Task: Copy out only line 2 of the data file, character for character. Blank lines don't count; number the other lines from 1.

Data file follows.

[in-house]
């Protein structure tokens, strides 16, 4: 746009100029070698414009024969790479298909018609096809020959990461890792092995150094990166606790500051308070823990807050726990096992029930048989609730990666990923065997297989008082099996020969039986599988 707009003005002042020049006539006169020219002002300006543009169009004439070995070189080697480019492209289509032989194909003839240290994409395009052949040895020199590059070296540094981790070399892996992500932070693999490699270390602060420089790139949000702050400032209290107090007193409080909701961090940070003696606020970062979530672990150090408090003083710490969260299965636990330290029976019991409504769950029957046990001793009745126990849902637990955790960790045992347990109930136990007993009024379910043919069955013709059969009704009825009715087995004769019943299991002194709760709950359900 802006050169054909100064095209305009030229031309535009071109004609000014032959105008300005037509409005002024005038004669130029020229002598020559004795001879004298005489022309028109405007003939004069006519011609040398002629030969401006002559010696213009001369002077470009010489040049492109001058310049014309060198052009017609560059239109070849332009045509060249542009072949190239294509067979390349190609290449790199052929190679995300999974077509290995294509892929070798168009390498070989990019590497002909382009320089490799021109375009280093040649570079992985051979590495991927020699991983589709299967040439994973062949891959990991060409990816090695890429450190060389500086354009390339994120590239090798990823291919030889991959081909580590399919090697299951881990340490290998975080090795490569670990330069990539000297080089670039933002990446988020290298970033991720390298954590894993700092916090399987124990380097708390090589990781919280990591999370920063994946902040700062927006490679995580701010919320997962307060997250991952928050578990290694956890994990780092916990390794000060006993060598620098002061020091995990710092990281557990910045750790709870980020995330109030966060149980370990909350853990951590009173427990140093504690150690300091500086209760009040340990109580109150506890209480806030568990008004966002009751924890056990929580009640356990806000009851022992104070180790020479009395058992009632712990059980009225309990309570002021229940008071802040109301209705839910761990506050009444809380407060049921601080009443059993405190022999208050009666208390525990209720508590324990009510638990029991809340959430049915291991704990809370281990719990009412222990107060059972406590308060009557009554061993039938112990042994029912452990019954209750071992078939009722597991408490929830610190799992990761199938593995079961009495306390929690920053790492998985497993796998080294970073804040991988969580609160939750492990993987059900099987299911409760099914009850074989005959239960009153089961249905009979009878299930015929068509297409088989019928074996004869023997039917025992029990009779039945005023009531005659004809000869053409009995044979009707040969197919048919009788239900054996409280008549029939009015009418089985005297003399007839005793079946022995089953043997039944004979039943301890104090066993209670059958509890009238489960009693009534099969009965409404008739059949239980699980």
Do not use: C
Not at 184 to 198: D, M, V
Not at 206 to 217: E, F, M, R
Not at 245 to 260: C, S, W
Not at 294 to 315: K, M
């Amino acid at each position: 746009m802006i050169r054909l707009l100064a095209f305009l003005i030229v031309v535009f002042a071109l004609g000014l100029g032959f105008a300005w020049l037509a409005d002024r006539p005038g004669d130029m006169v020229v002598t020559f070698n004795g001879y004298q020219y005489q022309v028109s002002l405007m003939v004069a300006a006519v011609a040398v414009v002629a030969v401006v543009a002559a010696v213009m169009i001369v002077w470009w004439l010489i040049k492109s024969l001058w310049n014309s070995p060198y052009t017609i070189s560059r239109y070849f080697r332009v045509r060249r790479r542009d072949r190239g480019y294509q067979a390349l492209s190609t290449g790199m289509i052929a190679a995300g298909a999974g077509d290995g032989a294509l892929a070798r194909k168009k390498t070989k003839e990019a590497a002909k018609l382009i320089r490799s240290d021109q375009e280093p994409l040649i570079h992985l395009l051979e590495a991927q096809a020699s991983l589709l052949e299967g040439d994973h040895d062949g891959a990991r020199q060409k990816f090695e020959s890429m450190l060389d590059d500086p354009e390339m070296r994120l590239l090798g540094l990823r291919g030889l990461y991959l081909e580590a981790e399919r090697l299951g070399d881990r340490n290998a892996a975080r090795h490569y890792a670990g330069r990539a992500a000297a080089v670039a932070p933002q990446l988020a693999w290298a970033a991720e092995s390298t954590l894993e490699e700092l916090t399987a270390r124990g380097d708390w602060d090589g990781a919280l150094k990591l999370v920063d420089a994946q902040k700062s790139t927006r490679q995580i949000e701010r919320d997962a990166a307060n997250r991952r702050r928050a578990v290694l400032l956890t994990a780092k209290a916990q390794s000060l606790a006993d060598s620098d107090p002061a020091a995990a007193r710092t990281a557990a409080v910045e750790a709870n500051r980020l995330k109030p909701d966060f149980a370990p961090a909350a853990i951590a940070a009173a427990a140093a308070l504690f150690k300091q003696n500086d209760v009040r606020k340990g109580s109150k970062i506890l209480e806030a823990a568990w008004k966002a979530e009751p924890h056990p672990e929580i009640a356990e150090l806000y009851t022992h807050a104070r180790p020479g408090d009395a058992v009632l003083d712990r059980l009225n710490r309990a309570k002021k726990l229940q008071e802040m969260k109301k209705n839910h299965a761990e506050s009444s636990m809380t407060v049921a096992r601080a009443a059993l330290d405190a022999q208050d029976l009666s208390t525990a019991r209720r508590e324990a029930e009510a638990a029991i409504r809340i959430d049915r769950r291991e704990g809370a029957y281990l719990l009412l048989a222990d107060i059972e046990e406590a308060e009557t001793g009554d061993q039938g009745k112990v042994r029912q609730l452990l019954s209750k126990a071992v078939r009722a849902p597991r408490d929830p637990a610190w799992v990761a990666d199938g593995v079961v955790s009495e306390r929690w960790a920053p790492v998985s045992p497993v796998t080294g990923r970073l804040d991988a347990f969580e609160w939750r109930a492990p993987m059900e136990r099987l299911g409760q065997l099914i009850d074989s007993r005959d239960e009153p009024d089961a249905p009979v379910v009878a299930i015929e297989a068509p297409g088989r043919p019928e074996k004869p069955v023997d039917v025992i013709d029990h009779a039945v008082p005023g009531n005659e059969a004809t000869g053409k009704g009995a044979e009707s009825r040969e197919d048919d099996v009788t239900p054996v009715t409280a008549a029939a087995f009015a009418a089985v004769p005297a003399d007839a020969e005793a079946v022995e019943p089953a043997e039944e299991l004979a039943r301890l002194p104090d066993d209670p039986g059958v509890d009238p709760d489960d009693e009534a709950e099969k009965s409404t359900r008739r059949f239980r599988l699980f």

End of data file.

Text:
């Protein structure tokens, strides 16, 4: 746009100029070698414009024969790479298909018609096809020959990461890792092995150094990166606790500051308070823990807050726990096992029930048989609730990666990923065997297989008082099996020969039986599988 707009003005002042020049006539006169020219002002300006543009169009004439070995070189080697480019492209289509032989194909003839240290994409395009052949040895020199590059070296540094981790070399892996992500932070693999490699270390602060420089790139949000702050400032209290107090007193409080909701961090940070003696606020970062979530672990150090408090003083710490969260299965636990330290029976019991409504769950029957046990001793009745126990849902637990955790960790045992347990109930136990007993009024379910043919069955013709059969009704009825009715087995004769019943299991002194709760709950359900 802006050169054909100064095209305009030229031309535009071109004609000014032959105008300005037509409005002024005038004669130029020229002598020559004795001879004298005489022309028109405007003939004069006519011609040398002629030969401006002559010696213009001369002077470009010489040049492109001058310049014309060198052009017609560059239109070849332009045509060249542009072949190239294509067979390349190609290449790199052929190679995300999974077509290995294509892929070798168009390498070989990019590497002909382009320089490799021109375009280093040649570079992985051979590495991927020699991983589709299967040439994973062949891959990991060409990816090695890429450190060389500086354009390339994120590239090798990823291919030889991959081909580590399919090697299951881990340490290998975080090795490569670990330069990539000297080089670039933002990446988020290298970033991720390298954590894993700092916090399987124990380097708390090589990781919280990591999370920063994946902040700062927006490679995580701010919320997962307060997250991952928050578990290694956890994990780092916990390794000060006993060598620098002061020091995990710092990281557990910045750790709870980020995330109030966060149980370990909350853990951590009173427990140093504690150690300091500086209760009040340990109580109150506890209480806030568990008004966002009751924890056990929580009640356990806000009851022992104070180790020479009395058992009632712990059980009225309990309570002021229940008071802040109301209705839910761990506050009444809380407060049921601080009443059993405190022999208050009666208390525990209720508590324990009510638990029991809340959430049915291991704990809370281990719990009412222990107060059972406590308060009557009554061993039938112990042994029912452990019954209750071992078939009722597991408490929830610190799992990761199938593995079961009495306390929690920053790492998985497993796998080294970073804040991988969580609160939750492990993987059900099987299911409760099914009850074989005959239960009153089961249905009979009878299930015929068509297409088989019928074996004869023997039917025992029990009779039945005023009531005659004809000869053409009995044979009707040969197919048919009788239900054996409280008549029939009015009418089985005297003399007839005793079946022995089953043997039944004979039943301890104090066993209670059958509890009238489960009693009534099969009965409404008739059949239980699980």